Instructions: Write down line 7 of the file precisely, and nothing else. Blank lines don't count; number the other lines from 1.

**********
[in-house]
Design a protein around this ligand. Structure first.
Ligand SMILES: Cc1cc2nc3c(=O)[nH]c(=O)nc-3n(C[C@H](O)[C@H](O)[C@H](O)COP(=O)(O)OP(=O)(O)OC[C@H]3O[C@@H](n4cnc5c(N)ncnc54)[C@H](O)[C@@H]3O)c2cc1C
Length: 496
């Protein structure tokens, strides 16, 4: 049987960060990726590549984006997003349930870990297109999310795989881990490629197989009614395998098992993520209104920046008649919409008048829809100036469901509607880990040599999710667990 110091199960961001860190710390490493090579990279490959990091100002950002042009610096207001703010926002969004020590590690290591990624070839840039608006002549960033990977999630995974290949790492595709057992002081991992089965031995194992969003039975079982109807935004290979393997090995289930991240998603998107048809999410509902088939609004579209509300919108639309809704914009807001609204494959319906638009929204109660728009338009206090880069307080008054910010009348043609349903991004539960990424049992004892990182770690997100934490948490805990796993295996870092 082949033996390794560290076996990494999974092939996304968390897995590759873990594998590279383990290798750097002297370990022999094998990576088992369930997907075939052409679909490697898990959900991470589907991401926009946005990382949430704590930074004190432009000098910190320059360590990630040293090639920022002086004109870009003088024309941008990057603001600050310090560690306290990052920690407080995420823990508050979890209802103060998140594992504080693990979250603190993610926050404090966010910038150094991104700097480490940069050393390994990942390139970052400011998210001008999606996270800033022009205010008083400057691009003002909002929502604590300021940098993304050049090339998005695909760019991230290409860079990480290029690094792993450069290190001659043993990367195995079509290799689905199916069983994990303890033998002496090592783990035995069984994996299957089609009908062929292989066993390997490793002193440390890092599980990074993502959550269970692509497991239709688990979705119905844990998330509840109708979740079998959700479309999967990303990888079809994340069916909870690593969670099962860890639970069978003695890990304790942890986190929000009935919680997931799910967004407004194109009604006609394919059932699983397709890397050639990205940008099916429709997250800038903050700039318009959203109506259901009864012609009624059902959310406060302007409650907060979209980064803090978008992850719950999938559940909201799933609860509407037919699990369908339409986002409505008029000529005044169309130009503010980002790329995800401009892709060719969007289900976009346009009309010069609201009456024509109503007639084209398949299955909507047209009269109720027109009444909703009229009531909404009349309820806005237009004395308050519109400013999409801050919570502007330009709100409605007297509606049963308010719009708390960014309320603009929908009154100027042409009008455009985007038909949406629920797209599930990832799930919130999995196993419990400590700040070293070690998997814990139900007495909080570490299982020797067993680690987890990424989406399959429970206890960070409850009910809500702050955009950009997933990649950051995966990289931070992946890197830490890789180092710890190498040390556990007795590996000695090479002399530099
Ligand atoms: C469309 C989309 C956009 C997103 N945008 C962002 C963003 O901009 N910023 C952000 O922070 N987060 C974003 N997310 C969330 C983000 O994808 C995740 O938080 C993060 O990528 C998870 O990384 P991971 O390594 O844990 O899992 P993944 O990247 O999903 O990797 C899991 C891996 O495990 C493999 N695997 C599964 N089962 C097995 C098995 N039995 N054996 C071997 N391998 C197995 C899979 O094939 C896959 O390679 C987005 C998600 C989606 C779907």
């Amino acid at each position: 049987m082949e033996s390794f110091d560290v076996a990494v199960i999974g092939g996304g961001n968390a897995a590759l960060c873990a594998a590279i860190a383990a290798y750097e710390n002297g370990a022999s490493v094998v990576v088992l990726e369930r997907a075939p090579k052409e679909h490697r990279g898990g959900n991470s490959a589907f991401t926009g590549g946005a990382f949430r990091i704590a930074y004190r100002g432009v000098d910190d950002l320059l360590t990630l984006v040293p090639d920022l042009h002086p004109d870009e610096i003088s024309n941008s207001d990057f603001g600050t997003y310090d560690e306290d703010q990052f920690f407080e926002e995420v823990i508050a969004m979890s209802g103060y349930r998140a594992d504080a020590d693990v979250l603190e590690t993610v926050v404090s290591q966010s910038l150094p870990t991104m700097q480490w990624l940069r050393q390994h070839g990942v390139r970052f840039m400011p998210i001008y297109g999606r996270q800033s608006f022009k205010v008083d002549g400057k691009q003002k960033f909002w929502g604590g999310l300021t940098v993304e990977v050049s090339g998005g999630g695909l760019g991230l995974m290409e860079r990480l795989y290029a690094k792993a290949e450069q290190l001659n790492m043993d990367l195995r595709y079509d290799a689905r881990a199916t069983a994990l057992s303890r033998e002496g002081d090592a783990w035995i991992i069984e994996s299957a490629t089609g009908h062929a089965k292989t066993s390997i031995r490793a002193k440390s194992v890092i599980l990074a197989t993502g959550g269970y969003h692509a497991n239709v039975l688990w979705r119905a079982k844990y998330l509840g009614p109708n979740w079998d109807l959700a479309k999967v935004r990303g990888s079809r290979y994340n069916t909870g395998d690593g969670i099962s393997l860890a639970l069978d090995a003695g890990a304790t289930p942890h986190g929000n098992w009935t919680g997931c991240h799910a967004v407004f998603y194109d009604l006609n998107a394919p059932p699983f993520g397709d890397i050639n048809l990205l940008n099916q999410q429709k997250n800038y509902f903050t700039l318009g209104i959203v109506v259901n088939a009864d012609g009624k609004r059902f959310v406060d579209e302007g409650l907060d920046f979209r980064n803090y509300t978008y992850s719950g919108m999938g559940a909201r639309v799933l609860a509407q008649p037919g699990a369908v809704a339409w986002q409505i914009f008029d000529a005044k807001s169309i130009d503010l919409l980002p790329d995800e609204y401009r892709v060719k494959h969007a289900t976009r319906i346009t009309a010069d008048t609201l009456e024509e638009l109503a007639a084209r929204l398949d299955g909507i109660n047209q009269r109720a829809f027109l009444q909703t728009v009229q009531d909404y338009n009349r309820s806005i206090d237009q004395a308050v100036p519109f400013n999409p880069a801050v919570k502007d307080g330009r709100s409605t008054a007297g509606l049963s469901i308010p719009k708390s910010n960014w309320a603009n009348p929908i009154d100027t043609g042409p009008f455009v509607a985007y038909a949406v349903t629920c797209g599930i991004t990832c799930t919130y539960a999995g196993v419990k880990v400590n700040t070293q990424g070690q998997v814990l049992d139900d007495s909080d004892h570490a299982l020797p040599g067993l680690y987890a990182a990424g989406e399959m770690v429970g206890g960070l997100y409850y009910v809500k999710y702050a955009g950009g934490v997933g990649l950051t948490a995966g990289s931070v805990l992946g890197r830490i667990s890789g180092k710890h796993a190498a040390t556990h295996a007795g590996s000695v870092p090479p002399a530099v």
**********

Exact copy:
């Amino acid at each position: 049987m082949e033996s390794f110091d560290v076996a990494v199960i999974g092939g996304g961001n968390a897995a590759l960060c873990a594998a590279i860190a383990a290798y750097e710390n002297g370990a022999s490493v094998v990576v088992l990726e369930r997907a075939p090579k052409e679909h490697r990279g898990g959900n991470s490959a589907f991401t926009g590549g946005a990382f949430r990091i704590a930074y004190r100002g432009v000098d910190d950002l320059l360590t990630l984006v040293p090639d920022l042009h002086p004109d870009e610096i003088s024309n941008s207001d990057f603001g600050t997003y310090d560690e306290d703010q990052f920690f407080e926002e995420v823990i508050a969004m979890s209802g103060y349930r998140a594992d504080a020590d693990v979250l603190e590690t993610v926050v404090s290591q966010s910038l150094p870990t991104m700097q480490w990624l940069r050393q390994h070839g990942v390139r970052f840039m400011p998210i001008y297109g999606r996270q800033s608006f022009k205010v008083d002549g400057k691009q003002k960033f909002w929502g604590g999310l300021t940098v993304e990977v050049s090339g998005g999630g695909l760019g991230l995974m290409e860079r990480l795989y290029a690094k792993a290949e450069q290190l001659n790492m043993d990367l195995r595709y079509d290799a689905r881990a199916t069983a994990l057992s303890r033998e002496g002081d090592a783990w035995i991992i069984e994996s299957a490629t089609g009908h062929a089965k292989t066993s390997i031995r490793a002193k440390s194992v890092i599980l990074a197989t993502g959550g269970y969003h692509a497991n239709v039975l688990w979705r119905a079982k844990y998330l509840g009614p109708n979740w079998d109807l959700a479309k999967v935004r990303g990888s079809r290979y994340n069916t909870g395998d690593g969670i099962s393997l860890a639970l069978d090995a003695g890990a304790t289930p942890h986190g929000n098992w009935t919680g997931c991240h799910a967004v407004f998603y194109d009604l006609n998107a394919p059932p699983f993520g397709d890397i050639n048809l990205l940008n099916q999410q429709k997250n800038y509902f903050t700039l318009g209104i959203v109506v259901n088939a009864d012609g009624k609004r059902f959310v406060d579209e302007g409650l907060d920046f979209r980064n803090y509300t978008y992850s719950g919108m999938g559940a909201r639309v799933l609860a509407q008649p037919g699990a369908v809704a339409w986002q409505i914009f008029d000529a005044k807001s169309i130009d503010l919409l980002p790329d995800e609204y401009r892709v060719k494959h969007a289900t976009r319906i346009t009309a010069d008048t609201l009456e024509e638009l109503a007639a084209r929204l398949d299955g909507i109660n047209q009269r109720a829809f027109l009444q909703t728009v009229q009531d909404y338009n009349r309820s806005i206090d237009q004395a308050v100036p519109f400013n999409p880069a801050v919570k502007d307080g330009r709100s409605t008054a007297g509606l049963s469901i308010p719009k708390s910010n960014w309320a603009n009348p929908i009154d100027t043609g042409p009008f455009v509607a985007y038909a949406v349903t629920c797209g599930i991004t990832c799930t919130y539960a999995g196993v419990k880990v400590n700040t070293q990424g070690q998997v814990l049992d139900d007495s909080d004892h570490a299982l020797p040599g067993l680690y987890a990182a990424g989406e399959m770690v429970g206890g960070l997100y409850y009910v809500k999710y702050a955009g950009g934490v997933g990649l950051t948490a995966g990289s931070v805990l992946g890197r830490i667990s890789g180092k710890h796993a190498a040390t556990h295996a007795g590996s000695v870092p090479p002399a530099v």